One of the things we did as part of that was, we wanted to ensure we had the right behaviours and those people who were willing and wanted to drive the change that we were looking for, so when we populated some of those roles, we added a few positions. As Tom mentioned earlier, we were relying on attrition to have people leave the organization. In some cases, what that meant was that we did put individuals into more senior roles, and with other individuals, what we leveraged is, we had a number of key initiatives that we had to drive through that required additional senior oversight in order to ensure there was sustainable change, so to get some of the work out of the system and to leverage the economies of scale, which meant at the senior level we were introducing some additional senior people. Those people have since—as you can see from our numbers, actually, at the senior management level we have gone down by a further 11% since 2013. So you will see that attrition has taken place and those numbers have come out of the system.

One of the other things that did drive some of the changes is that we did have some significant projects that were under way at the time, whether it be Lower Mattagami or the Niagara tunnel, and refurbishment was coming online. All of those three key capital projects also required additional senior-level oversight. So it was a combination of factors and timing.

What you will see now, if you look at our numbers—we have a dashboard, and on a monthly basis we monitor those numbers. They are coming down. As I said, it’s down by 11% since 2013. Any band—this won’t mean anything to you. But anything from director and above—I was going to use “bands,” and that would have been a foreign language—

Mr. Peter Tabuns: “Director and above” helps.

Ms. Barb Keenan: Any director-level positions and above do require Tom’s approval in order to proceed. So also putting tightly monitored—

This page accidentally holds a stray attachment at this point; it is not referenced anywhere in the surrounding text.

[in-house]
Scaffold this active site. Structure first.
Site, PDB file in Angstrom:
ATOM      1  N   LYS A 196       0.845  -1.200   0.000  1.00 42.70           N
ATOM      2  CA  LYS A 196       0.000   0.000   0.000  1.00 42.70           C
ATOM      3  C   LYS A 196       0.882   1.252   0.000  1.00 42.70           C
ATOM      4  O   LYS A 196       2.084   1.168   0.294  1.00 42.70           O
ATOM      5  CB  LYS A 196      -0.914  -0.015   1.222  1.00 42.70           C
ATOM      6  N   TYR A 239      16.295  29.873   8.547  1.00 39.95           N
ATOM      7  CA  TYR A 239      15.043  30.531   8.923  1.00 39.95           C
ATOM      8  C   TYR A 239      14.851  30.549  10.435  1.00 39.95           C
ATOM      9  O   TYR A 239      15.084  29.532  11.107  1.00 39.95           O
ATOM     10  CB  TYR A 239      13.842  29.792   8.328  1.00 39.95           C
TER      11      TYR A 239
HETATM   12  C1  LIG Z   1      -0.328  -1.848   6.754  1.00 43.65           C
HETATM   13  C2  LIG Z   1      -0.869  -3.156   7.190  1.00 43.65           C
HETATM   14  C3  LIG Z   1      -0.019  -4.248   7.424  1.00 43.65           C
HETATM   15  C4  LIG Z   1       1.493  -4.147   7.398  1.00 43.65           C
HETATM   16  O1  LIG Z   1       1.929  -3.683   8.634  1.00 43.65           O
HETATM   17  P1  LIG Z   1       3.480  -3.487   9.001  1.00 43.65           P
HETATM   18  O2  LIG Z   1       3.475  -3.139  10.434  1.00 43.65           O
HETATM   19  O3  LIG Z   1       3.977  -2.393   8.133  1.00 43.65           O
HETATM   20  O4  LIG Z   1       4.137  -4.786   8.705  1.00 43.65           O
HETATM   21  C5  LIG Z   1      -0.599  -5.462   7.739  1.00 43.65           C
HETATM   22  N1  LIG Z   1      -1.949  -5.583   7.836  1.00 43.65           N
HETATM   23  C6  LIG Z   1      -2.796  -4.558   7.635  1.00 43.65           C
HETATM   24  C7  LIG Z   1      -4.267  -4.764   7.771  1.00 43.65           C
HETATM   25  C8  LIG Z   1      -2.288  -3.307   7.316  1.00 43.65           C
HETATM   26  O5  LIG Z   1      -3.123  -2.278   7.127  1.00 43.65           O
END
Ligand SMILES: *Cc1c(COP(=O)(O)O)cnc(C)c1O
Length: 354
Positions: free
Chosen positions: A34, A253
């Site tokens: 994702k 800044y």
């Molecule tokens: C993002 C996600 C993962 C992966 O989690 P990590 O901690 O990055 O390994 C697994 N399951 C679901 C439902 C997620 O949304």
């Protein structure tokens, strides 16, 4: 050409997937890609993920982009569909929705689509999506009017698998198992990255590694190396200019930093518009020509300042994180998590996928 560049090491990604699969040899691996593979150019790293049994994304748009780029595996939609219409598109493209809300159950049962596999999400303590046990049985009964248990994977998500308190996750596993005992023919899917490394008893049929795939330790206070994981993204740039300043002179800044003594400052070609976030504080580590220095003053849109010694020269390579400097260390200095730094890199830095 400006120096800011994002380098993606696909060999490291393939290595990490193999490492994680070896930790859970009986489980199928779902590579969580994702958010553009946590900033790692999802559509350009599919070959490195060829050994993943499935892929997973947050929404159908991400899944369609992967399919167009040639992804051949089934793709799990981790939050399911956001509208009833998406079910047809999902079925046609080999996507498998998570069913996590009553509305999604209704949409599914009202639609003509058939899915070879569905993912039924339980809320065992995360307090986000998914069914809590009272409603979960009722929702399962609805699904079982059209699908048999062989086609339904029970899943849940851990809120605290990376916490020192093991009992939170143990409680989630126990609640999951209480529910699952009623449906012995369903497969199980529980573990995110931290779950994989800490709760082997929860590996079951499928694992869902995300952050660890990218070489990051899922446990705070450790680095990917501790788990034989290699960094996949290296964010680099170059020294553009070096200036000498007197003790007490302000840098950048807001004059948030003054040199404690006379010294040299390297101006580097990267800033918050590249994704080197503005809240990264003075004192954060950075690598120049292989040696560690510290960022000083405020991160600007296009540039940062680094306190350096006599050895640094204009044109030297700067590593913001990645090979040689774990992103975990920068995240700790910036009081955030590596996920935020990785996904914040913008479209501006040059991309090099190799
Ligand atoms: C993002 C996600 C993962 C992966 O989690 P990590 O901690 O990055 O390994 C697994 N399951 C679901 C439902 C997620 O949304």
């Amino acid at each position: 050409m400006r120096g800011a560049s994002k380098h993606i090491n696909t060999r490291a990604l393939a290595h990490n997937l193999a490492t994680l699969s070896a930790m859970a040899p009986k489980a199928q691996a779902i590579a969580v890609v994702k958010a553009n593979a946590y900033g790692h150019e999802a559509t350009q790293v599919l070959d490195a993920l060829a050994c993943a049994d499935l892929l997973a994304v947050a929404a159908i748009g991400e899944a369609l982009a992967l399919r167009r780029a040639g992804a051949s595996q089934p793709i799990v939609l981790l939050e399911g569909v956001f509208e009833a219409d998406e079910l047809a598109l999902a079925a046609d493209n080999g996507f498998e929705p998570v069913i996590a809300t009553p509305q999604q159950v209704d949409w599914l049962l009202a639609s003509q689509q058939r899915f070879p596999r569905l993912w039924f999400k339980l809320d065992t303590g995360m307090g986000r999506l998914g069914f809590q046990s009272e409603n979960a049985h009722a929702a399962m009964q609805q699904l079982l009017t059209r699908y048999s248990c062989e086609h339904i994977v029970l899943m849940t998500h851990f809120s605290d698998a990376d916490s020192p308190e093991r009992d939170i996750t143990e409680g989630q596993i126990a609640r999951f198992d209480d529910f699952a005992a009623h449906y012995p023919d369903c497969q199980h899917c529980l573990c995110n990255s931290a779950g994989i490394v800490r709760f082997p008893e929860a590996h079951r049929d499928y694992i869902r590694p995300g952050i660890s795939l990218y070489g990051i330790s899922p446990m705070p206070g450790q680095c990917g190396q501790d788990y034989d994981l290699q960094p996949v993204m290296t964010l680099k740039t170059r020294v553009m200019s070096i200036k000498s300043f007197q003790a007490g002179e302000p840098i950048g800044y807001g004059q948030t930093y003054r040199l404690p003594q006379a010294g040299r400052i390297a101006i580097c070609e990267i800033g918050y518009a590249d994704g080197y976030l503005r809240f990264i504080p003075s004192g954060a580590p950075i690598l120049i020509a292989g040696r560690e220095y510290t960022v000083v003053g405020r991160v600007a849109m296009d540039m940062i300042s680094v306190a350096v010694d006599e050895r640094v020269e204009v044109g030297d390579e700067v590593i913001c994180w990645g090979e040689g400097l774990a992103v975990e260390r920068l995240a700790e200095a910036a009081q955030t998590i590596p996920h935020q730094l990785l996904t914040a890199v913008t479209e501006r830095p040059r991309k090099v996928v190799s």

Mr. Peter Tabuns: So when do you expect to hit your 2005 level of senior management and executive positions?

Ms. Barb Keenan: If I look across at the graph we have in place right now, in 2005 we were at 205 people from the A to F levels. I’m pleased to report that currently we’re at 195, so we’re below that level now.

Mr. Tom Mitchell: If I just might elaborate, Mr. Tabuns, it was a temporary condition. I describe attrition as sort of like a symphony orchestra: As you attrit, you can end up with more violinists and tuba players than you need, because it’s not a precise process. So there need to be some readjustments.

What we did with this additional staff we had that had not moved through the system yet—the business transformation required 120 initiatives to make it happen. There was real work to make this happen. For example, I’ve talked about going to a single enterprise IT system. There was work involved in that. What we did was deploy those people into those projects, and as those projects wound down, we followed the attrition curve.

The Chair (Mr. Ernie Hardeman): Thank you very much. Now to Mr. Rinaldi.

Mr. Lou Rinaldi: Thank you for being here today. I’m going to start by following some of the previous questions, and then I’ll get a little bit softer. Coming from rural Ontario, when I visit Tim Hortons, energy costs are a big issue because of the lack of other energy supply options in our communities.